Environmental impact of Mining Copper in Ecuador
BMW have signed a deal with BHP Billition to mine copper for its Electric Vehicles. BHP owns shares in SolGold which holds the most mining concessions for copper (& gold) in Ecuador. What is the environmental impact of BMW buying copper for its Electric Cars?

In Pallatango, Chimborazo, the Chillanes concession is on top of the biggest geological faultline in Ecuador . The Pallatanga fault (PF) is a prominent NNE-SSW strike-slip fault crossing Central Ecuador. This structure is suspected to have hosted large earthquakes, including the 1797 Riobamba event which caused severe destructions to buildings and a heavy death toll of more than 12,000 people, as well as widespread secondary effects like landsliding, liquefaction and surface cracking.

A mine in the region would be extremely unsafe and a tailings dams in the area at risk of collapse were an earthquake to occur. What will SolGold do to ensure the safety of mines and tailings facilities in this area, and how will SolGold protect local communities from harm if earthquake damage to a mine impacts water sources or causes a threat to life?

Most of southern Ecuador’s cities and towns are already experiencing growing water shortages due to rapid population growth. In Gualel, where there are major water sources, locals are concerned about water contamination by mining activity. These sources not only provide water for the region but are considered sacred. Mining in this area could endanger both their livelihood and their way of lif e. What is SolGold planning to do to combat any riskto water?

What will SolGold do in Bolivar to safeguard both communities access to water, and contamination of these sources? How will SolGold protect against the impact on forest and wildlife in the region?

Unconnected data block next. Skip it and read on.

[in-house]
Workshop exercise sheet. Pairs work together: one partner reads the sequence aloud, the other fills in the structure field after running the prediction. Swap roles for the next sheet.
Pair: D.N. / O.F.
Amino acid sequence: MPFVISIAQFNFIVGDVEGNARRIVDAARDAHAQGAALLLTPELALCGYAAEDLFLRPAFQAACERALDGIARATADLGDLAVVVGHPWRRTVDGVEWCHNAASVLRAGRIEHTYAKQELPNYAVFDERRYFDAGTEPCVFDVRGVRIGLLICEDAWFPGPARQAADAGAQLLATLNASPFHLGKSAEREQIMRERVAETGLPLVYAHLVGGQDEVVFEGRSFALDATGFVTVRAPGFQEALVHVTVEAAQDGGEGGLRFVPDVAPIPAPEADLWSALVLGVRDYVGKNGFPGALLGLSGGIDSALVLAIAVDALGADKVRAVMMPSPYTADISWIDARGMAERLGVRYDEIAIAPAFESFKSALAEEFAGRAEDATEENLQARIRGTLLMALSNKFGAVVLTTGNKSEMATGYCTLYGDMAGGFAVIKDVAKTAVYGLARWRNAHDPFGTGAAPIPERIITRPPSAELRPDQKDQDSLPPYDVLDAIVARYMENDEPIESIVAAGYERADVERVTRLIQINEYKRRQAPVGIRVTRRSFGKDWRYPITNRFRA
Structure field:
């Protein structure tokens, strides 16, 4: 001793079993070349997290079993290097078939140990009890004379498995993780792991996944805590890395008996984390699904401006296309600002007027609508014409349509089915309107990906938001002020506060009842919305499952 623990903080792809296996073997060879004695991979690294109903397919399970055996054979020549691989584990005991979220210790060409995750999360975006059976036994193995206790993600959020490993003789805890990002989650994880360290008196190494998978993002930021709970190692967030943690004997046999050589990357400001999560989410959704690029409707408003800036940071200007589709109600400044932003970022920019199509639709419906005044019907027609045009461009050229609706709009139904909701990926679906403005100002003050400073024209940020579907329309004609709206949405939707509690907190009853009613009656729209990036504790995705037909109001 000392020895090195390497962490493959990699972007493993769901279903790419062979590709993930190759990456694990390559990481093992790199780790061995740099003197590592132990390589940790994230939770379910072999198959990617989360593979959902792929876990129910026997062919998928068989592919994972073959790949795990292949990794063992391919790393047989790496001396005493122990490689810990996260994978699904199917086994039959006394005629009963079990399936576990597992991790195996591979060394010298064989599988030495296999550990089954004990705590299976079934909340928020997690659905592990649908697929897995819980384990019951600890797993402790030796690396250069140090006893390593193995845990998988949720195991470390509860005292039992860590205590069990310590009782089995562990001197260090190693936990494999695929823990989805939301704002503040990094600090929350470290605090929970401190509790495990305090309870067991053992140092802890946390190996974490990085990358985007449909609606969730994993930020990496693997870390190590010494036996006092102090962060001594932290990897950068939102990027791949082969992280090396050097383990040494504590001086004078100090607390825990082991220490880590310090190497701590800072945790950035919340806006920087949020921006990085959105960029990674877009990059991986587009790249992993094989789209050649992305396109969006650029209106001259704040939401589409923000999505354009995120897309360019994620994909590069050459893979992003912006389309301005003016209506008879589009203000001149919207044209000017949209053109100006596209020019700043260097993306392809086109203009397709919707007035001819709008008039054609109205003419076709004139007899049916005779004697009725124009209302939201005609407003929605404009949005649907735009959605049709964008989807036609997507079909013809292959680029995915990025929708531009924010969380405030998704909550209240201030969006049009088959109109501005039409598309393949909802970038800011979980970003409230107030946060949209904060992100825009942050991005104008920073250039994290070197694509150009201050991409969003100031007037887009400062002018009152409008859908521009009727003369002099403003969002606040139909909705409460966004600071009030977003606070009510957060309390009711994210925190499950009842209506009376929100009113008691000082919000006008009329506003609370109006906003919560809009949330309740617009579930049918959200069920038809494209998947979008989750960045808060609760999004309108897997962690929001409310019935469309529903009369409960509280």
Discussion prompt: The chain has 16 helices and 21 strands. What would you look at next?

Playlist
Yellow Bird – Follow the River
Spinifex Gum Band – Yurala
Spinifex Gum Band – Dream Baby Dream

References

Security issues (in Ecuador)
In August 2019, guerrillas from the Revolutionary Armed Forces of Colombia (FARC) announced that the 2016 peace deal had failed, and armed revolution was r e-established in Colombia. The criminal group has been spreading its actions down into Ecuador ever since the deal was established in 2016.

See video @ https://www.facebook.com/UNAAQLD/videos/1370762469762880/?t=2359

Cascabel is located in close proximity to the Colombian/Ecuadorian border, an area the Australian Department of Foreign Affairs and Trade (DFAT) advises as a DO NOT TRAVEL area, where regular travel insurance policies are void and the Australian Government says it is unlikely to be able to provide consular assistance. The Cascabel mining site at Alpala is 100km from this zone , with entry into proposed mining through Roca Fuerte almost on the boundary of the DO NOT TRAVEL zone.

In its 2019 Preliminary Economic Assessment , SolGold suggested that mining material will be transported via pipeline, 60 km north-west towards San Lorenzo. This route goes through an area of significant risk where organised militia with links to FARC conducted a number of bombings in 2018. The police station at San Lorenzo was car bombed in January 2018. A trap bomb loaded with shrapnel killed three and wounded eleven Ecuadorian marines on 19 March 2018.

A few weeks later , a second car bomb exploded under a police car.

In April , three journalist s were found murdered by dissidents, a bridge was bombed near Viche, and several bombs were placed in transmission towers.